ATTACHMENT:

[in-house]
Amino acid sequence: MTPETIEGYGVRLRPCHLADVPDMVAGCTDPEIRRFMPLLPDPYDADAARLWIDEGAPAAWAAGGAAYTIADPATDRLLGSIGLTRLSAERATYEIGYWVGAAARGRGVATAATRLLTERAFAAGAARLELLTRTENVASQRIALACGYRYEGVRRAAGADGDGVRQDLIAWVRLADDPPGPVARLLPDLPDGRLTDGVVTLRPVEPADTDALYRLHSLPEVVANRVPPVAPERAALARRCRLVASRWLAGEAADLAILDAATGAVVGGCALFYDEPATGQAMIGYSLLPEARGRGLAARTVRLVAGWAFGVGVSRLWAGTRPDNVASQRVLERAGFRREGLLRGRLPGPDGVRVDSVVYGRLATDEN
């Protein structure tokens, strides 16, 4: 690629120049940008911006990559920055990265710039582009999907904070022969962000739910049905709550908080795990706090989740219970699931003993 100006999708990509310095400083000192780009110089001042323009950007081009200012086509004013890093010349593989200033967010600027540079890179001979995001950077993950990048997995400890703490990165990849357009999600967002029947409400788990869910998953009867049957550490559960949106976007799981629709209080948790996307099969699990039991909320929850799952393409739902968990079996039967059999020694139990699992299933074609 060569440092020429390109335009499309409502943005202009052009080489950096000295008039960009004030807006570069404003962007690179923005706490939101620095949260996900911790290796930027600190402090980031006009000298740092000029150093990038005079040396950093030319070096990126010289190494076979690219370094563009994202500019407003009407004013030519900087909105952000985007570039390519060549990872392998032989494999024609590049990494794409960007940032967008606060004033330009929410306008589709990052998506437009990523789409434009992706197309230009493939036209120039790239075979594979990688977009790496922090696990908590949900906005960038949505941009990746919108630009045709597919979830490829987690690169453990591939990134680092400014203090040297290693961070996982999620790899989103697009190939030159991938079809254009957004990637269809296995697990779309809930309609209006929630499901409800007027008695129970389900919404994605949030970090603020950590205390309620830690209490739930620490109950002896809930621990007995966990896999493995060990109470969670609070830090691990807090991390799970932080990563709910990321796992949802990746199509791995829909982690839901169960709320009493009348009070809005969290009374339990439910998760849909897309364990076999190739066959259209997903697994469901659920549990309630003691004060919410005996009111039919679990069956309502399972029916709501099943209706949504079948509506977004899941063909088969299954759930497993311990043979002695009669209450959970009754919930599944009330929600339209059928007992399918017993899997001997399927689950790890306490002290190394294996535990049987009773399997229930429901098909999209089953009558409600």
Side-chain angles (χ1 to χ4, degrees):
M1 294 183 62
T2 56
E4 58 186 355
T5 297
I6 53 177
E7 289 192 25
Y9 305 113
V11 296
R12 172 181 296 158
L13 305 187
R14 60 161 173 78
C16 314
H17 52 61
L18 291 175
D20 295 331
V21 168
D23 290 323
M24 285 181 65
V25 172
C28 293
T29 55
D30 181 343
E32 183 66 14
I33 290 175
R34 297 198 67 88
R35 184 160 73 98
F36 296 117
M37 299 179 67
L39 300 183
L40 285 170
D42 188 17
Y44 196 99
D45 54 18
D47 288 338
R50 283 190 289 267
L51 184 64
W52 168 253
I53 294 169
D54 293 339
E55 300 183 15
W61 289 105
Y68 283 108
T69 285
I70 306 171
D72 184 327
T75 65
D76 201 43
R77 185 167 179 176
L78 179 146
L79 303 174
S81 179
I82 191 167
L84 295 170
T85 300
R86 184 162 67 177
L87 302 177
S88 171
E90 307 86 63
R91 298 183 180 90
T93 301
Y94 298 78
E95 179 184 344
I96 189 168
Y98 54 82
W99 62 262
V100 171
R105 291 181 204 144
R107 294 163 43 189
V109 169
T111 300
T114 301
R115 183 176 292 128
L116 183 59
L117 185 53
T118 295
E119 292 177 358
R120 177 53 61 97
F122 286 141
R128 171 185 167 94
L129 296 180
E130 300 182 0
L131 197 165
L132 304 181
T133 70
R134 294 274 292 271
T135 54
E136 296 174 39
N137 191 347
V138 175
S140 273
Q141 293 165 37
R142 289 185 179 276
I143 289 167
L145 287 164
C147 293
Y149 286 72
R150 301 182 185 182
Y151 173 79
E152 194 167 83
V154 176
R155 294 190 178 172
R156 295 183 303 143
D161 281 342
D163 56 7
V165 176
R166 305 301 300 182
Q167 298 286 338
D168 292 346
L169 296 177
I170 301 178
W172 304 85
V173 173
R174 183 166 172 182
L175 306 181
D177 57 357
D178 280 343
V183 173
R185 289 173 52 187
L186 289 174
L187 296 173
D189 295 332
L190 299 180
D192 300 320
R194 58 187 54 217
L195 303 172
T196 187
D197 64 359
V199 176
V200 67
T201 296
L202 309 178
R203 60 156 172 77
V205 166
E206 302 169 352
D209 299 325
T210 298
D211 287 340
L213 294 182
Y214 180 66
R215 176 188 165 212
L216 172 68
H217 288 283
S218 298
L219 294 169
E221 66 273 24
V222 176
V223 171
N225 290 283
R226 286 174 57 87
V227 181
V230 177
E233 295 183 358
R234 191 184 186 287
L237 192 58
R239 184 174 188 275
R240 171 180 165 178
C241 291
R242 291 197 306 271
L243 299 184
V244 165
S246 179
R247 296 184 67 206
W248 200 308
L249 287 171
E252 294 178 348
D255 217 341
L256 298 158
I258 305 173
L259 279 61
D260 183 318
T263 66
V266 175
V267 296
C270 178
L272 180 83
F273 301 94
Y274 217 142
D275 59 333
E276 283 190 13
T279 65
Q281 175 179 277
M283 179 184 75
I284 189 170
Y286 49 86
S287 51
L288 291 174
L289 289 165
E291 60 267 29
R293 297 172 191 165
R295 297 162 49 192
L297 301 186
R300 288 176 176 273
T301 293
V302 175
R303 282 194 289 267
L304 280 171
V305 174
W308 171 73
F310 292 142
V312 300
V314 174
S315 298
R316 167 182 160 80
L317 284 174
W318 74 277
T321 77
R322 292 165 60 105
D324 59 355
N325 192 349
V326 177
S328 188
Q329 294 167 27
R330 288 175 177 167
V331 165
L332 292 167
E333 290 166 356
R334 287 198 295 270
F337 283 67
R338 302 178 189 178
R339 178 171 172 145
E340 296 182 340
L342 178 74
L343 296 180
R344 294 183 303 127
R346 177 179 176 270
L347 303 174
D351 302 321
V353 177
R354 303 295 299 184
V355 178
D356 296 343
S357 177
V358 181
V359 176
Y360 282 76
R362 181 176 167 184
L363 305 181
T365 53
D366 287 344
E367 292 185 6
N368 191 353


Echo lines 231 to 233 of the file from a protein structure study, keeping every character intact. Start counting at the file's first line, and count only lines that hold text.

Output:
D351 302 321
V353 177
R354 303 295 299 184